Hutton was a glutton in that he had an extraordinary appetite for long, tedious and repetitive calculations, the details of which we are spared while still gaining insight into the vital but unrecognised toil behind the mathematical tables for astronomers, navigators, surveyors and financial houses. As you might expect from this period and our distance from it, individual women do not play a large part in this story, but a few, and many unknown women, are tantalisingly glimpsed.

An insight I have gained is that Hutton was, I might say, only an artisan mathematician – a virtuoso problem solver and a great teacher playing by all the known rules. But he did not change the game. Although Hutton read several languages it took Cambridge mathematicians such as mechanical computer pioneer Charles Babbage and others to challenge the staid British mathematical community by hailing continental brilliance.
The author, Benjamin Wardhaugh, is an Oxford academic spanning mathematics, history and music. He has slogged to tease out the differences in hundreds of pages in each of umpteen different editions of Hutton’s works to try and read his mind. We can appreciate his effort and, as a result, we are relieved of it. Wardhaugh has published academic papers on Hutton. This biography, nevertheless, comes to us with a light and engaging style while carrying the authority of an academic writer. Recommended.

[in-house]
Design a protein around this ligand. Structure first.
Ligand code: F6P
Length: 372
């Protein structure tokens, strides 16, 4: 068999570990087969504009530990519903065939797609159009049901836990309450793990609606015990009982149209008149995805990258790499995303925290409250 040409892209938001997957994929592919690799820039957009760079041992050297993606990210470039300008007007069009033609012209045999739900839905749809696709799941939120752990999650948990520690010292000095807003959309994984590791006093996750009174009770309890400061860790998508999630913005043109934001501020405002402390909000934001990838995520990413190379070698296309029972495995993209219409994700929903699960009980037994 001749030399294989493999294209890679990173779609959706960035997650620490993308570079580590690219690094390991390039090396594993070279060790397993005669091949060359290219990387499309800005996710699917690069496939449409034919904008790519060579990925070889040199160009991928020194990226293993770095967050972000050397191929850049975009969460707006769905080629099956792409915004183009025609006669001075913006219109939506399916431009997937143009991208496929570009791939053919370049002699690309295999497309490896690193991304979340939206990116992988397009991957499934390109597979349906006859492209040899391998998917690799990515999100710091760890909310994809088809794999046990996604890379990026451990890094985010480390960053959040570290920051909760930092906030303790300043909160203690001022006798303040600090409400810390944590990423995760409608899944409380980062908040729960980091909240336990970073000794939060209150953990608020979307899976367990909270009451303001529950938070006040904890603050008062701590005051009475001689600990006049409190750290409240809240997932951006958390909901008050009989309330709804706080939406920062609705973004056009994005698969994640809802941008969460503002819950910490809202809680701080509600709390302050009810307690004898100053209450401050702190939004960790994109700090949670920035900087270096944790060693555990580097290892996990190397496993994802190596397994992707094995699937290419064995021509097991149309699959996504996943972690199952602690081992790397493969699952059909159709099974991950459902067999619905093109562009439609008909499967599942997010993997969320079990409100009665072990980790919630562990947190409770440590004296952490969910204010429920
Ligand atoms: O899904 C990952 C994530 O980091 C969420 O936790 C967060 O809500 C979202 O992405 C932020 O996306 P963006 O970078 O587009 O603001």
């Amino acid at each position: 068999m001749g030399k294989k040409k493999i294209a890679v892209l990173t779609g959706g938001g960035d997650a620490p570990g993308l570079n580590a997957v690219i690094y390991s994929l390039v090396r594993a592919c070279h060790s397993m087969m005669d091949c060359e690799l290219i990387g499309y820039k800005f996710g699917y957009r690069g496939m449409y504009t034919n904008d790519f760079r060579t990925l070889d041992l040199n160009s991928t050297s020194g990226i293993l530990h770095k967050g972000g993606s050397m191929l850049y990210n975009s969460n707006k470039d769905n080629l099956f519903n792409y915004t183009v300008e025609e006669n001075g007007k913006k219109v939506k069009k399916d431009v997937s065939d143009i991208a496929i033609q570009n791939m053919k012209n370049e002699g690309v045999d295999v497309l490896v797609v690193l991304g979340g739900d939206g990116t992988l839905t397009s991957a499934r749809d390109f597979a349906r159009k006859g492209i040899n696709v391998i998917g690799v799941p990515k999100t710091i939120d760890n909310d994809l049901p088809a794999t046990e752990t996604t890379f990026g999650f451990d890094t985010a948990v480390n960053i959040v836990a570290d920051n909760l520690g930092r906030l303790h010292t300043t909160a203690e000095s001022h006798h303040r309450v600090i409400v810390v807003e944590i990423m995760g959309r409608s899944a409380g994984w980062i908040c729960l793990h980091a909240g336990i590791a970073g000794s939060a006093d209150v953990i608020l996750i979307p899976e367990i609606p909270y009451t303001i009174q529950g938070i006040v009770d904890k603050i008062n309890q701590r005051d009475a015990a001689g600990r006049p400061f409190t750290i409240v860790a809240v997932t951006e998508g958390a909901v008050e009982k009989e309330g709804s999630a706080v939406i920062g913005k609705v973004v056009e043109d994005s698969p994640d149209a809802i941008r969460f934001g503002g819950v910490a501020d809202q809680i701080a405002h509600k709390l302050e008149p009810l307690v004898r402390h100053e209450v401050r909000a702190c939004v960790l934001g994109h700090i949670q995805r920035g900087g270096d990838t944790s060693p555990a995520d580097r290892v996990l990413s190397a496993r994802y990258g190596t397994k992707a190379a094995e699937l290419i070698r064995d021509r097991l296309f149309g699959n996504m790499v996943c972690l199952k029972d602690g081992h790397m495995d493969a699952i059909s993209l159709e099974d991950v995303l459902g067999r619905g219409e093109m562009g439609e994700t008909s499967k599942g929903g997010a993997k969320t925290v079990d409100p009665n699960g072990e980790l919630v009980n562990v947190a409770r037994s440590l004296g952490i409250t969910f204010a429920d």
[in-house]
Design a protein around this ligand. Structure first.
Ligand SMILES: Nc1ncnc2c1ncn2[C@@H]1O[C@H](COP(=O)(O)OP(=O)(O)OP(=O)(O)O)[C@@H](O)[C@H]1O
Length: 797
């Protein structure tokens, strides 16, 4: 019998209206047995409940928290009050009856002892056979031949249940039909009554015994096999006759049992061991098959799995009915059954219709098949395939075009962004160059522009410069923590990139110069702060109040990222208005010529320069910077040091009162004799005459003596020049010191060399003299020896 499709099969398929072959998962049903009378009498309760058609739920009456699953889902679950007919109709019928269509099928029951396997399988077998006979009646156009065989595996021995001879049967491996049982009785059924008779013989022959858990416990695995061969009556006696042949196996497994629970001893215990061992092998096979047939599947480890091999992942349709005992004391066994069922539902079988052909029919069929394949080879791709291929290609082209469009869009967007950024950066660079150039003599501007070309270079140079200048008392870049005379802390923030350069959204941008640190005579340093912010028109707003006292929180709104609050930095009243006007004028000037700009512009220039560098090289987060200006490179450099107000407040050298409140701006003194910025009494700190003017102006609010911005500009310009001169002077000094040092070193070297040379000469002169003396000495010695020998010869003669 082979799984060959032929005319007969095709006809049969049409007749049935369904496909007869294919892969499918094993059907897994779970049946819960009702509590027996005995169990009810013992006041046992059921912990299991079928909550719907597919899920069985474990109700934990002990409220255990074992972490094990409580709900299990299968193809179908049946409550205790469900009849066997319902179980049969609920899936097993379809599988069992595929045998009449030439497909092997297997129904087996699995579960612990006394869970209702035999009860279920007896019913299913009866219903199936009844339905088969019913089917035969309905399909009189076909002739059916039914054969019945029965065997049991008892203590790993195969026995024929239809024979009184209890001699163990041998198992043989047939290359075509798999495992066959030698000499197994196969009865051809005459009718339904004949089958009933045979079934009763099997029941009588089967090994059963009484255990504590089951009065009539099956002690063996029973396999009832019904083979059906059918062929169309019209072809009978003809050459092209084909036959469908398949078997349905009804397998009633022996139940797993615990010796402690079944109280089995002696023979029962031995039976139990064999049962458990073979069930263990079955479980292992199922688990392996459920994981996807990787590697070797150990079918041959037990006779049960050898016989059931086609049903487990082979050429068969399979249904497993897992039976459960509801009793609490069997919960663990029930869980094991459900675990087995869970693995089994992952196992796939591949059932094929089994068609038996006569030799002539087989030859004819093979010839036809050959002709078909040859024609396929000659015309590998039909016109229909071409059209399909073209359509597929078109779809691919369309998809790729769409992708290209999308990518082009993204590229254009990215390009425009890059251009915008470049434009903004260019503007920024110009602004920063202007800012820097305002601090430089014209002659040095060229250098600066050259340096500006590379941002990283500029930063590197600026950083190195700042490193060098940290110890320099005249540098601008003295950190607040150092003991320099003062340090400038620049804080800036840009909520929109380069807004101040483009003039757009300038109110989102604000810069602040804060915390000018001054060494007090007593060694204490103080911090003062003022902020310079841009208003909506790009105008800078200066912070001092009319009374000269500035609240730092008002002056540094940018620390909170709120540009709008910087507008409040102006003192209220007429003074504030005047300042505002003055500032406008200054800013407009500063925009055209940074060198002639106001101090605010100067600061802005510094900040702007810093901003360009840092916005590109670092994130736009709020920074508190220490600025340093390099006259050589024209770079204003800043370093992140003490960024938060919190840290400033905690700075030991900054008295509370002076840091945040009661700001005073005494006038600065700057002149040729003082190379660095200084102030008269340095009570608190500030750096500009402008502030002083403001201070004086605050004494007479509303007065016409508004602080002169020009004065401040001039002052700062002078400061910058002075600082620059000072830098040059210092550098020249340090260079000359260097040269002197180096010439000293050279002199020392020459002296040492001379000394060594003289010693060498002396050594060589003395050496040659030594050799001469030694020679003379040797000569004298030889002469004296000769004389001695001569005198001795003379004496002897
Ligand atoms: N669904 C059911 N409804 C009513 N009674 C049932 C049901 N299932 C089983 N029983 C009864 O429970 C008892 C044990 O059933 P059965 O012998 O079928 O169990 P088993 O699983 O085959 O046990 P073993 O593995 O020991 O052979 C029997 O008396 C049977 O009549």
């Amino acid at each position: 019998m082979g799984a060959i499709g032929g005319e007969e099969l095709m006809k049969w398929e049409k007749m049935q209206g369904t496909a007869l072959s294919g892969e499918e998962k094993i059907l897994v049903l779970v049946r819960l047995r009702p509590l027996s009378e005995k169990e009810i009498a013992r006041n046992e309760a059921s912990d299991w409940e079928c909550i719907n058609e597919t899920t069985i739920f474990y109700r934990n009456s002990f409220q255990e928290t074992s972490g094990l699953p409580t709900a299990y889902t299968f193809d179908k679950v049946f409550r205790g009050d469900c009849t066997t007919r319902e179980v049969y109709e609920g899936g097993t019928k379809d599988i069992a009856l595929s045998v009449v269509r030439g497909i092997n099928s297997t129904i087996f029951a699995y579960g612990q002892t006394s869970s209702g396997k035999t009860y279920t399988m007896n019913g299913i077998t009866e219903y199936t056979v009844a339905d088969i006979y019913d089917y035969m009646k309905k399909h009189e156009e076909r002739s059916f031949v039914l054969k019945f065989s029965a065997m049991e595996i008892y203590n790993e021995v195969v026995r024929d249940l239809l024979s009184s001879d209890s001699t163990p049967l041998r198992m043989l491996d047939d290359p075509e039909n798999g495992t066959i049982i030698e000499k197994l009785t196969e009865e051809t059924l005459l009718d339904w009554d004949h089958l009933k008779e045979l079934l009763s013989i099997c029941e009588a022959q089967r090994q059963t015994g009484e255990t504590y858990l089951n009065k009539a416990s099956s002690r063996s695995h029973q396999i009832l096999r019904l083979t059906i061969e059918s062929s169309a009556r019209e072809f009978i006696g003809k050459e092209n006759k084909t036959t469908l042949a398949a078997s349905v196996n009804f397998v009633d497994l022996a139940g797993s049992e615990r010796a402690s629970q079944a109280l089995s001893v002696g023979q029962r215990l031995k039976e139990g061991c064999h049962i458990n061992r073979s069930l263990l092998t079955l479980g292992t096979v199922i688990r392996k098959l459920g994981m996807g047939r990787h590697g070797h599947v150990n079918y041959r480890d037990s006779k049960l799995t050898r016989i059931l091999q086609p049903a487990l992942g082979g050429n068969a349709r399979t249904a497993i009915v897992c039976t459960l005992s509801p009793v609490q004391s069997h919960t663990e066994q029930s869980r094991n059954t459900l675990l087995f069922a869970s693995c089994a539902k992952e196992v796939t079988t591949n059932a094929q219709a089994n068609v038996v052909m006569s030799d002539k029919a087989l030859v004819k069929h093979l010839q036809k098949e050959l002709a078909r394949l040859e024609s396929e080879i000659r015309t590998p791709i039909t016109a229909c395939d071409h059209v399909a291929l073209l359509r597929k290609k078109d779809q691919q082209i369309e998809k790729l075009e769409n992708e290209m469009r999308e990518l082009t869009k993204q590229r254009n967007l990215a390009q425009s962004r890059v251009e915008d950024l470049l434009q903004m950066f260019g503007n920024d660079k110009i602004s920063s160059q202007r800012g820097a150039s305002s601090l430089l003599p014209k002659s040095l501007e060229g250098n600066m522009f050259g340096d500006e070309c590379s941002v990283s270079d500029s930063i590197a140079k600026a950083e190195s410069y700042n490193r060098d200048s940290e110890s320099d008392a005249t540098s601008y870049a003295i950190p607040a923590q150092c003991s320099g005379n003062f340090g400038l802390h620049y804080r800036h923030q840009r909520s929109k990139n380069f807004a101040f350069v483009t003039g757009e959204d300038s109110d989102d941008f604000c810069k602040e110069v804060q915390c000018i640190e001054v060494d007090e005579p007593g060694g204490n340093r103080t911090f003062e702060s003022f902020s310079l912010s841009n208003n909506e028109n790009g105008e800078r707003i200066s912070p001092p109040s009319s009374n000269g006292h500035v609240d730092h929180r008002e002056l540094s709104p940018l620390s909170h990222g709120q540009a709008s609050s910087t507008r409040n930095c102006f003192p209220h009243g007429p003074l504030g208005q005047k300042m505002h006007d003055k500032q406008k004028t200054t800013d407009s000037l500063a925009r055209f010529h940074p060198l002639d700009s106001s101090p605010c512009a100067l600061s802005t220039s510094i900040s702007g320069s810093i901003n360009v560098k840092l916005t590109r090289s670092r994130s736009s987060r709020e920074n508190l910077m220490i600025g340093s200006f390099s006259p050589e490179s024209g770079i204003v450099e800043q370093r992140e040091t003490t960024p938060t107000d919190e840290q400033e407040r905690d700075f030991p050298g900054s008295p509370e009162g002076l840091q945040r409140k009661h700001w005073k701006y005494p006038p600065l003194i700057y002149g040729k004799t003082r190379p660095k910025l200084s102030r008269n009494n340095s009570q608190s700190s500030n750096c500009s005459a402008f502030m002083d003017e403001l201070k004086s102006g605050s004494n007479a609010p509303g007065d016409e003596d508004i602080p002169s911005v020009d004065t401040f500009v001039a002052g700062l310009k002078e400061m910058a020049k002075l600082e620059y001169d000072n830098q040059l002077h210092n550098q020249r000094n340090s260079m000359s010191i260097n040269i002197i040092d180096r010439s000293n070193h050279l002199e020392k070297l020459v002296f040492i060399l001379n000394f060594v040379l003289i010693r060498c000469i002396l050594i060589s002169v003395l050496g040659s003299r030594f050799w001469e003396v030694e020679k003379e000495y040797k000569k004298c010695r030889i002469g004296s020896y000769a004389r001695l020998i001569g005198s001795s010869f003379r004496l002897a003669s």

Gunpowder & Geometry (312 pp, illustrated) by Benjamin Wardhaugh is published in hardback by Harper Collins.


Laurence Scales is a guide specialising in the history of science and technology in London, a volunteer in the archives of the Royal Institution and Royal Society of Arts, and is working on an alternative history of engineering.

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Firepower, the museum of artillery in Woolwich, closes its doors today for the last time. This is a tragedy. As a former gunner myself I am possibly biased, but in my opinion it was the best military museum in London with brilliant staff, brilliant volunteers and an outreach programme second-to-none.

The museum’s archive has already been shipped out, leaving military history researchers in the lurch. Now the guns, ammunition, displays, ordnance equipment, medals collection (including 22 VCs from the 62 awarded to gunners) will be crated up, transported and stored at the Royal Artillery HQ in Larkhill, to be seen again when – who knows?